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“It really boils down to this: that all life is interrelated. We are all caught in an inescapable network of mutuality, tired into a single garment of destiny. Whatever affects one destiny, affects all indirectly.” Martin Luther King Jnr 

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When the pain is more comfortable than the change

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You have to know, every aspect of your heart, to know yourself, You have to know, every corner of your mind, to know yourself, You have to see, every recess of your soul, to know yourself You have to have, a feeling for mankind, to know yourself

When the pain is more comfortable than the change

Life is a precious gift, which offers us so many possibilities. We have the potential to create ourselves and to experience the wonder and awe of being. Life is our entry into the magic of experience and we are responsible for how we use it. It’s also a complex series of experiences to navigate, situations to navigate and interactions to understand.

How we choose to behave is the one thing that we can keep control of, in our constantly challenging experience of the world. Our behaviour has an important impact on the way that we are perceived by others. Behaviour is a complex nexus of traits, habits and choices. Traits and habits are the building blocks of behaviour and these, along with the choices we make, have long lasting and huge impact on how our lives are lived.

Choice is a massive factor in personal development. We all face challenges and difficulties as we accumulate life experience and develop our characters. The truth, that we control how we respond to those challenges, is what many people find it difficult to accept.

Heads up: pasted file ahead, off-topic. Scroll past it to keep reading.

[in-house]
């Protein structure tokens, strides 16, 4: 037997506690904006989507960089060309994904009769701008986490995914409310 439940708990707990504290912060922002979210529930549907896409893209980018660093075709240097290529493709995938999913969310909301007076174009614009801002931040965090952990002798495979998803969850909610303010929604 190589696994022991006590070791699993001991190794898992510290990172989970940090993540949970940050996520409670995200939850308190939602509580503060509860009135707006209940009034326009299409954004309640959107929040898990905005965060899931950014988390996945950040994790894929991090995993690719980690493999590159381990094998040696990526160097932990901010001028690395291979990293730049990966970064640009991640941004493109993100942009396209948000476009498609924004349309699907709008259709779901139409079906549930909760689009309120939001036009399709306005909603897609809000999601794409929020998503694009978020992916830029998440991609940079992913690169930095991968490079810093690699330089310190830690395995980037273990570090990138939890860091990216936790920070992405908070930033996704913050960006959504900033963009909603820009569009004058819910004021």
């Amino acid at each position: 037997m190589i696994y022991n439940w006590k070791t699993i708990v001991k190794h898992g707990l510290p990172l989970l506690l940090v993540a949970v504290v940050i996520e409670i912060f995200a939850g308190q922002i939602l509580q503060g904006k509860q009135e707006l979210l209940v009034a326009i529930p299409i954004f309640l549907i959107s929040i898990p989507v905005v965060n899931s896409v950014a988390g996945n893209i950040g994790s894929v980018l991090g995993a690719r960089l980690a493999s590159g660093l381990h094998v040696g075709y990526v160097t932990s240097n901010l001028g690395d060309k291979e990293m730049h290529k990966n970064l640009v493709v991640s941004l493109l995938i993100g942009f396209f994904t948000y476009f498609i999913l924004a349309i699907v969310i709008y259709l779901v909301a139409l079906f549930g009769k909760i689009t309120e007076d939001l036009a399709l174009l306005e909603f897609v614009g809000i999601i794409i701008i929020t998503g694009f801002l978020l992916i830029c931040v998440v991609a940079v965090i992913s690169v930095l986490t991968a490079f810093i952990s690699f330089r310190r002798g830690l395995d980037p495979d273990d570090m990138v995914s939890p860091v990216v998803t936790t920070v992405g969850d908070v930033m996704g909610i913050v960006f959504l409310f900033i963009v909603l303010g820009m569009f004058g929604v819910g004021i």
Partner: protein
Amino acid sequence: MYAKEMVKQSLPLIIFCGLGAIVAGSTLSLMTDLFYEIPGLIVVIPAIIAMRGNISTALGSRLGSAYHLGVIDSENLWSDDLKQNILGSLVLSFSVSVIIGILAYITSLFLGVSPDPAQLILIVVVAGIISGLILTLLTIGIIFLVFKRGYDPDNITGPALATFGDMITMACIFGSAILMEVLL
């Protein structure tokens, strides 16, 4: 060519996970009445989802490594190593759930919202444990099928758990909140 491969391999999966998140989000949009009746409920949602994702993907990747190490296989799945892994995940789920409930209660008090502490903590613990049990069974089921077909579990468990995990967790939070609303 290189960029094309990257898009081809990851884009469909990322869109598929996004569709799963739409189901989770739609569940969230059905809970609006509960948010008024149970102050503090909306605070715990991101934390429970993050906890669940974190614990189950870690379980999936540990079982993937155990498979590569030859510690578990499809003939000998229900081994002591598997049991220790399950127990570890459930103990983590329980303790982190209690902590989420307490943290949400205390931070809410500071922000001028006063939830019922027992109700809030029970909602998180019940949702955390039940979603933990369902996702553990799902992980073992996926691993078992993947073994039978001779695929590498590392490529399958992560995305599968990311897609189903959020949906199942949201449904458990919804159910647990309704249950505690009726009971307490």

We learn manners and social conditioning to assist us in being engaging socially, but we still analyse our interactions with others, looking to spot the ‘mistakes’ we made, berating ourselves in ways that we wouldn’t accept from others. Many of us have an almost in-built perception that other people are getting things ‘right’ and that we are the only ones feeling vulnerable and insecure, yet the balance of probability suggests that we’re all exposed to feelings of self-doubt and confusion.

This is compounded by the habit of negative or destructive behaviour. The examples in human interaction are myriad. We understand that being possessive, jealous or controlling can affect the way that a partner responds to us, but stopping the impulse seems impossible. Similarly, the detrimental effects of abusing food, drink or substances is totally apparent but the short term pleasure is so great that we ignore good sense.

Negative behaviours have a seductive pull, we know that they’re ‘wrong’ but we just can’t help ourselves. It’s noticeable how reluctant some people can be, to see,  that the things that they believe are damaging or hurting them, are the very things that they repeat. Generally, because they offer the comfort of familiarity or a reward of some kind.

The inability to acknowledge the part that we play in our own 'suffering' coupled with the denial that we can change most things that we do or go through, is at the heart of why so many people don't change their behaviour. Even when that behaviour is taking a terrible toll on their lives.

It’s one thing to see this but another entirely, to change it. Change is a choice, a decision made, from good sense or desperate realisation, that it’s necessary. The truism that addicts only change when they reach rock bottom, contains the kernel of the truth of the matter. Most often real, effective change is only implemented when the shit hits the fan, a partner leaves, we lose  a job, we have to be winched out of our dwelling for emergency surgery or the gutter becomes a comfortable pillow.

Too often, our social reality is littered with “ Oh, he’s just like that”’s or “ Don’t worry, she’ll calm down” or, “ I’m sure that will buff out”.

Why not consider change before things get that bad? It’s possible to build self-awareness and engagement with change into your everyday life. When someone points out a particular behaviour that you know you indulge in, don’t reject the idea, become defensive and build a ridiculous argument against it. Consider the truth of it, as much as you are aware, consider the person delivering the message and why they might be saying it, and get over yourself!

Accept who you are, what your strengths and weaknesses are and be open to suggestion about change, and life will become more comfortable, your skin will be become more comfortable and you won’t have to endure the “slings and arrows of outrageous” delusion.

Alternatively, stick with old habits, entrench yourself with indignance, and take the pain, because it’s more comfortable than a change.

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